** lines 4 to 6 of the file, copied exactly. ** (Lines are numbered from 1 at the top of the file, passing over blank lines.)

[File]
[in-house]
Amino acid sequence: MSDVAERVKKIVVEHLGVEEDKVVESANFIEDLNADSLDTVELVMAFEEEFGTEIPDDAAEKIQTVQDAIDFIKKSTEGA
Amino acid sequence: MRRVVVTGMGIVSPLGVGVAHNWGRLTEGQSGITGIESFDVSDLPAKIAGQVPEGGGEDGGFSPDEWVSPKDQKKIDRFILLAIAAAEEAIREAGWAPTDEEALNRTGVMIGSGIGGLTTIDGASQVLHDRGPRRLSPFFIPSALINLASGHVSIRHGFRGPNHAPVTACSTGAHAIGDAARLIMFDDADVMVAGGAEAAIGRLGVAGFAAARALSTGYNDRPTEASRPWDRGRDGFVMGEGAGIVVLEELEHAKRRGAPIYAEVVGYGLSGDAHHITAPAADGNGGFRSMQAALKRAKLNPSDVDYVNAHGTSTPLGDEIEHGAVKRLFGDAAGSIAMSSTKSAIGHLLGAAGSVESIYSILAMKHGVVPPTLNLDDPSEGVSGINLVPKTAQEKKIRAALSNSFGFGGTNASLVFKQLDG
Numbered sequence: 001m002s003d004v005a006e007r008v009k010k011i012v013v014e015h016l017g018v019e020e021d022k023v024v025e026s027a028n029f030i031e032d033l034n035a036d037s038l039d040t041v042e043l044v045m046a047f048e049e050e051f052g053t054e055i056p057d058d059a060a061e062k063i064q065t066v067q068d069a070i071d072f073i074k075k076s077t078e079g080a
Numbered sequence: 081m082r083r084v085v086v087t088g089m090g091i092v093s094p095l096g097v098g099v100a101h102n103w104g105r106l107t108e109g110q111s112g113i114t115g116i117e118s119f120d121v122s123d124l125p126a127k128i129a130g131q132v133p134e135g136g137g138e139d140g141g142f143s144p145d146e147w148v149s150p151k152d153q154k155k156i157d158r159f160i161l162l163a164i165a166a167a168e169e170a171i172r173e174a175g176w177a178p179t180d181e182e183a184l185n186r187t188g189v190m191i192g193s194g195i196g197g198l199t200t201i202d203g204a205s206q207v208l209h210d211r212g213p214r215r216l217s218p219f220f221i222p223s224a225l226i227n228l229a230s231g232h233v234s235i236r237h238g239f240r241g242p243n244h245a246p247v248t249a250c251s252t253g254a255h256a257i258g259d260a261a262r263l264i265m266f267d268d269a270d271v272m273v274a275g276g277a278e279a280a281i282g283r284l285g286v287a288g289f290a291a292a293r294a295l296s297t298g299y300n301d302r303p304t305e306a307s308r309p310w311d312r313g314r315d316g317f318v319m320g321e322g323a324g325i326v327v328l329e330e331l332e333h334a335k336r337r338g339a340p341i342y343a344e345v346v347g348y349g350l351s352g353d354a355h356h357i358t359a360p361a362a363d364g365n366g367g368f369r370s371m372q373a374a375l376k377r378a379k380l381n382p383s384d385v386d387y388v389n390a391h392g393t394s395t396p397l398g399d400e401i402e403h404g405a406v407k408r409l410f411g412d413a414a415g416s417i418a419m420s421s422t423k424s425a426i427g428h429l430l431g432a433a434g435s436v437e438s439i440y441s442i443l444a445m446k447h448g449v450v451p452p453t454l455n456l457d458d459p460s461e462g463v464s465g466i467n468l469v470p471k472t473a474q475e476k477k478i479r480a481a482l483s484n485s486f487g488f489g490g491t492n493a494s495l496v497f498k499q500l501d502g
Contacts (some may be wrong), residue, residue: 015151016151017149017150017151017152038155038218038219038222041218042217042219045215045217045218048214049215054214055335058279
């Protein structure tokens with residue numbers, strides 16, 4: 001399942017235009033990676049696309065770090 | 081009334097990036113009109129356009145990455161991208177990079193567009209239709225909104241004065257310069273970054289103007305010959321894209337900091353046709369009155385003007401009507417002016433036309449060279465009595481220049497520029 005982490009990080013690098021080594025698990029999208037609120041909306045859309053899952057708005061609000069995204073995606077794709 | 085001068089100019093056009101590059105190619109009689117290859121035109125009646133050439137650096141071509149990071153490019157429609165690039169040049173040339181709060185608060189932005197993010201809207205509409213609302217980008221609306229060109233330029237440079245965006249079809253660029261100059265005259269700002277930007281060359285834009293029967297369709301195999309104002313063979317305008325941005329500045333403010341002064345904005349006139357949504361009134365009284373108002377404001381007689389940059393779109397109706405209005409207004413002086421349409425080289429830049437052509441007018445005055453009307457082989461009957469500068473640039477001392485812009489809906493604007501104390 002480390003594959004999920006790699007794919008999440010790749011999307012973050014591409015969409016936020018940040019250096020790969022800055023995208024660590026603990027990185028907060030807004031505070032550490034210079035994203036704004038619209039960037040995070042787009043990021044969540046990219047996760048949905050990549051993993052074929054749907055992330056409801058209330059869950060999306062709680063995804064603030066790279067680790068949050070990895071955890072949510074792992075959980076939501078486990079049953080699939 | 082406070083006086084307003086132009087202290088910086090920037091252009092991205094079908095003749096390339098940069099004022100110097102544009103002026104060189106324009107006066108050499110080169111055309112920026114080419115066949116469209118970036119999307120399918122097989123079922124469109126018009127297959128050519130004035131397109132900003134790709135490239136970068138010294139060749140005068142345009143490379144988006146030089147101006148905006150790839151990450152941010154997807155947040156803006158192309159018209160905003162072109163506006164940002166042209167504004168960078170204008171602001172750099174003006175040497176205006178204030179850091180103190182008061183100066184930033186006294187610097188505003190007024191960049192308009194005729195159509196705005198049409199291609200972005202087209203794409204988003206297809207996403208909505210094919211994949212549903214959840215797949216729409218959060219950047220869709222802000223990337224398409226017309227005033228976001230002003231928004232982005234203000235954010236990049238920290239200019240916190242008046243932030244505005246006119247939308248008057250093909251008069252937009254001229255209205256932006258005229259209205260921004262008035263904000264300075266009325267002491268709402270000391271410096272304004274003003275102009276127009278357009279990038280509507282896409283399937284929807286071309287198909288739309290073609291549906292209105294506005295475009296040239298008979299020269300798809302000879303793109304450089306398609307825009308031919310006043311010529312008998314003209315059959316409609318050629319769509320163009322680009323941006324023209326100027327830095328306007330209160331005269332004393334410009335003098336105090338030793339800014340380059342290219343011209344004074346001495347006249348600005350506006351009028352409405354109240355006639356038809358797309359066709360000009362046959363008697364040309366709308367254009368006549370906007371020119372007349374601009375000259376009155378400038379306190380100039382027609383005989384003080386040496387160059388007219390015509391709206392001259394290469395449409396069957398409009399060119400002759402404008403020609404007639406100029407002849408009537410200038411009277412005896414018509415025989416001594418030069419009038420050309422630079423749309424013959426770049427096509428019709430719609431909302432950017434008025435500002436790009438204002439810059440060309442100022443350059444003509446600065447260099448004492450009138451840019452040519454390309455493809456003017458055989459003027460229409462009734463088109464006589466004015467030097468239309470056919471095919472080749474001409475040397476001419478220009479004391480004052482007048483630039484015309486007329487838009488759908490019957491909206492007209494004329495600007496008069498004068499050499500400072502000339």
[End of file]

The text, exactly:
Numbered sequence: 001m002s003d004v005a006e007r008v009k010k011i012v013v014e015h016l017g018v019e020e021d022k023v024v025e026s027a028n029f030i031e032d033l034n035a036d037s038l039d040t041v042e043l044v045m046a047f048e049e050e051f052g053t054e055i056p057d058d059a060a061e062k063i064q065t066v067q068d069a070i071d072f073i074k075k076s077t078e079g080a
Numbered sequence: 081m082r083r084v085v086v087t088g089m090g091i092v093s094p095l096g097v098g099v100a101h102n103w104g105r106l107t108e109g110q111s112g113i114t115g116i117e118s119f120d121v122s123d124l125p126a127k128i129a130g131q132v133p134e135g136g137g138e139d140g141g142f143s144p145d146e147w148v149s150p151k152d153q154k155k156i157d158r159f160i161l162l163a164i165a166a167a168e169e170a171i172r173e174a175g176w177a178p179t180d181e182e183a184l185n186r187t188g189v190m191i192g193s194g195i196g197g198l199t200t201i202d203g204a205s206q207v208l209h210d211r212g213p214r215r216l217s218p219f220f221i222p223s224a225l226i227n228l229a230s231g232h233v234s235i236r237h238g239f240r241g242p243n244h245a246p247v248t249a250c251s252t253g254a255h256a257i258g259d260a261a262r263l264i265m266f267d268d269a270d271v272m273v274a275g276g277a278e279a280a281i282g283r284l285g286v287a288g289f290a291a292a293r294a295l296s297t298g299y300n301d302r303p304t305e306a307s308r309p310w311d312r313g314r315d316g317f318v319m320g321e322g323a324g325i326v327v328l329e330e331l332e333h334a335k336r337r338g339a340p341i342y343a344e345v346v347g348y349g350l351s352g353d354a355h356h357i358t359a360p361a362a363d364g365n366g367g368f369r370s371m372q373a374a375l376k377r378a379k380l381n382p383s384d385v386d387y388v389n390a391h392g393t394s395t396p397l398g399d400e401i402e403h404g405a406v407k408r409l410f411g412d413a414a415g416s417i418a419m420s421s422t423k424s425a426i427g428h429l430l431g432a433a434g435s436v437e438s439i440y441s442i443l444a445m446k447h448g449v450v451p452p453t454l455n456l457d458d459p460s461e462g463v464s465g466i467n468l469v470p471k472t473a474q475e476k477k478i479r480a481a482l483s484n485s486f487g488f489g490g491t492n493a494s495l496v497f498k499q500l501d502g
Contacts (some may be wrong), residue, residue: 015151016151017149017150017151017152038155038218038219038222041218042217042219045215045217045218048214049215054214055335058279